Hassan Whiteside's post-up problems

Except for a few elite operators, the post-up has been deemed possession non grata. The Miami Heat’s Hassan Whiteside hasn’t received the memo.

At 28.8-percent, Whiteside occupies more than a quarter of his offensive possession with his back to the basket, or something resembling that, per Synergy Sports. For comparison, Rudy Gobert, the archetype of modern rim protectors only uses 4.8 percent of his offensive possession for post-ups.

Whiteside isn’t alone, though, there are still a few of post-up dinosaurs; guys like Marc Gasol, Brook Lopez and “Big” Al Jefferson all use post-ups to soak up more than a quarter of their offensive possession. Still, something separates them from Whiteside — they all average nearly one point per possession (or more) while operating in the post. Whiteside averages 0.739 points per post-up, a far cry from efficiency.

Miami’s big man may fit the aesthetic of a post-up bruiser, but he lacks the overall strength to jockey for position with other bigs. When trying to overpower other behemoths, Whiteside’s lack of strength leads to some peculiar footwork, too. Crossed feet, awkward steps.

One-on-one, against more susceptible players, Whiteside’s surprisingly effective touch can make up for some of his deficiencies. But when teams send a second defender at him, Whiteside is rendered close-to-incapacitated. When double-teamed in the post, Whiteside averages 0.727 points per possession, per Synergy Sports. Among the 20 players who have been double-teamed at least 40 times in the post, Whiteside is No. 19 is scoring efficiency. No. 20 is Jahil Okafor.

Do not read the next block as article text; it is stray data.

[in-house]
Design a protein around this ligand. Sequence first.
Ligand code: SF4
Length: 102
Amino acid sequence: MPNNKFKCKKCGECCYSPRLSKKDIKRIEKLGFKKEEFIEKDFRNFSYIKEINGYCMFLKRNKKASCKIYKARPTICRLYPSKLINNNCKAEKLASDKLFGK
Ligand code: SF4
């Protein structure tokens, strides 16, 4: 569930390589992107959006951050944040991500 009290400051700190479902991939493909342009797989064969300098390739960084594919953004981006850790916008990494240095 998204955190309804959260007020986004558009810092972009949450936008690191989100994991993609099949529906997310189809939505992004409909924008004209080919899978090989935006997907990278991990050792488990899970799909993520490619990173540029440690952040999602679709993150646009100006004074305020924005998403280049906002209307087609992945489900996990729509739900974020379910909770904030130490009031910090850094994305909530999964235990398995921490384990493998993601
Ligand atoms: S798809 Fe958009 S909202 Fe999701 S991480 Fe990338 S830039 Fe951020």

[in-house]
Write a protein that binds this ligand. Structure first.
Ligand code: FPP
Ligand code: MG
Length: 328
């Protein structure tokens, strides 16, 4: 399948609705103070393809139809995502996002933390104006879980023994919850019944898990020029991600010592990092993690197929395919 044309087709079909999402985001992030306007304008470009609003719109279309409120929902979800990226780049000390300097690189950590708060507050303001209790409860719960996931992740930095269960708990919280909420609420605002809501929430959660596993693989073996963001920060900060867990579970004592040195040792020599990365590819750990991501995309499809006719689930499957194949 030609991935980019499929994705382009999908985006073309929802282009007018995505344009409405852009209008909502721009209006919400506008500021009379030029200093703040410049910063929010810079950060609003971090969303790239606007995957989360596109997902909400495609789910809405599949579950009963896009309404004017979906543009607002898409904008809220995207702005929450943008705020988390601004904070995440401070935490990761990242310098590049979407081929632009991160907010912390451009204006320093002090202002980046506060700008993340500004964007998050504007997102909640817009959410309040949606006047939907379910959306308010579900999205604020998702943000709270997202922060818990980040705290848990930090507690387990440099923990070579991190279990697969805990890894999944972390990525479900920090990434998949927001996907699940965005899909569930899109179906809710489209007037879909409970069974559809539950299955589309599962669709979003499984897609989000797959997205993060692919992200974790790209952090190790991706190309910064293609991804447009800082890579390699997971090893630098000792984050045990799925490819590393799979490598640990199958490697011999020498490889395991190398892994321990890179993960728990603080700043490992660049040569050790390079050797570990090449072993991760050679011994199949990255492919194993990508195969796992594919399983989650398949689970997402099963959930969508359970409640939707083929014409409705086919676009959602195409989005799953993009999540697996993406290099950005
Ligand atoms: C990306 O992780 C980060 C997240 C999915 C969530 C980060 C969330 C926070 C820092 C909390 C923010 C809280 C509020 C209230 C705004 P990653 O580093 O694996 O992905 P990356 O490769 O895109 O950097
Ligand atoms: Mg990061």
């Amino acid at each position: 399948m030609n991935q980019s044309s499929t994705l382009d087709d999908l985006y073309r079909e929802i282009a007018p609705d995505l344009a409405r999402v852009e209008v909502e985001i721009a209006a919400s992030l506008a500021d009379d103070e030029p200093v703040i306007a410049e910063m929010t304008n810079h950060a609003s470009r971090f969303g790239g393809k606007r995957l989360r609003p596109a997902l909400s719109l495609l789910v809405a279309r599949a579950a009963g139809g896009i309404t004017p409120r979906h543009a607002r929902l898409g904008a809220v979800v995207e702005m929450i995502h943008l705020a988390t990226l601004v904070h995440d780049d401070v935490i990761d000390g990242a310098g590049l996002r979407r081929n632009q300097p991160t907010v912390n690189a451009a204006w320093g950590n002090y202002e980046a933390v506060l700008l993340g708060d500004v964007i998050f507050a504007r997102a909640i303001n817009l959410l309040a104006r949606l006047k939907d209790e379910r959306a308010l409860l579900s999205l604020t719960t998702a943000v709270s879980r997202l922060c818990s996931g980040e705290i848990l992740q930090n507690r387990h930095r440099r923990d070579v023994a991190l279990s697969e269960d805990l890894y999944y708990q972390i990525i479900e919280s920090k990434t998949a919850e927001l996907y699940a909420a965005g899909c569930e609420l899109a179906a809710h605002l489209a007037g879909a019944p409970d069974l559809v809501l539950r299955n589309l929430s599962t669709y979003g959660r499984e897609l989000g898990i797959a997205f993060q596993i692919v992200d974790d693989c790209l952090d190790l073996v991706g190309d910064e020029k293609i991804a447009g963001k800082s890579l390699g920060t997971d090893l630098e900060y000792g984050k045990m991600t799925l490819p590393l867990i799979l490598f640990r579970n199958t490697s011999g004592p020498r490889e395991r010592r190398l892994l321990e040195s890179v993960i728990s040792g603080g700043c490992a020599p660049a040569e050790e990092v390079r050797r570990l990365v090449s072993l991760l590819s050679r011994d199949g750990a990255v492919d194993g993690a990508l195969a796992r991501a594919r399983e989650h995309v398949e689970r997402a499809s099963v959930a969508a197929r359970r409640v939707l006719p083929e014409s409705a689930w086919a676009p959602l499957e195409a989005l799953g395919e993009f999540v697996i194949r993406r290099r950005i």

When pressured by a second defender, the ball not finding basket is one part of Whiteside’s post-up problems; but it’s when he doesn’t get a shot off that really hurts his team. When double-teamed, Whiteside’s post-ups result in a turnover 31.8-percent of the time, per Synergy. (Just about every third post-up means a potential fast break for the opposing team.) Out of players with 40 such possession, Whiteside is, again, No. 19 of 20. Joel Embiid is No. 20.

Whiteside’s hard-headed, tunnel-vision style of posting up has incentivized teams to send a second defender at him. Often times, he doesn’t see it coming until four foreign arms are failing in his face. At that point, a player with court vision might be in trouble, but Whiteside isn’t of those players — so he’s usually in deep trouble.

To give a representation for how little Whiteside kicks it to teammates once he’s in the post: Al Jefferson, the poster child of posting-up, has passed out of the post 66 times in his 234 post-up possessions, per Synergy Sports. In Whiteside’s 269 post-ups, he’s passed the ball 30 times; he makes Big Al look like Magic Johnson.

Looking deeper, out of the 44 possessions that Whiteside has been presented a double team, he’s only passed out of the post 15 times. For comparison's sake, Big Al has passed out of 41 of 50 such post-ups (82-percent of the time); Marc Gasol 95 out of 150 (63.3-percent); DeMarcus Cousins 90 of 160 (56.3-percent).

It’s safe to say that the lion’s share of Whiteside’s passes are out of necessity. And as long as that’s course — and he keeps up his penchant for post-ups — he can expect to see more pressure in the while operating on the block.


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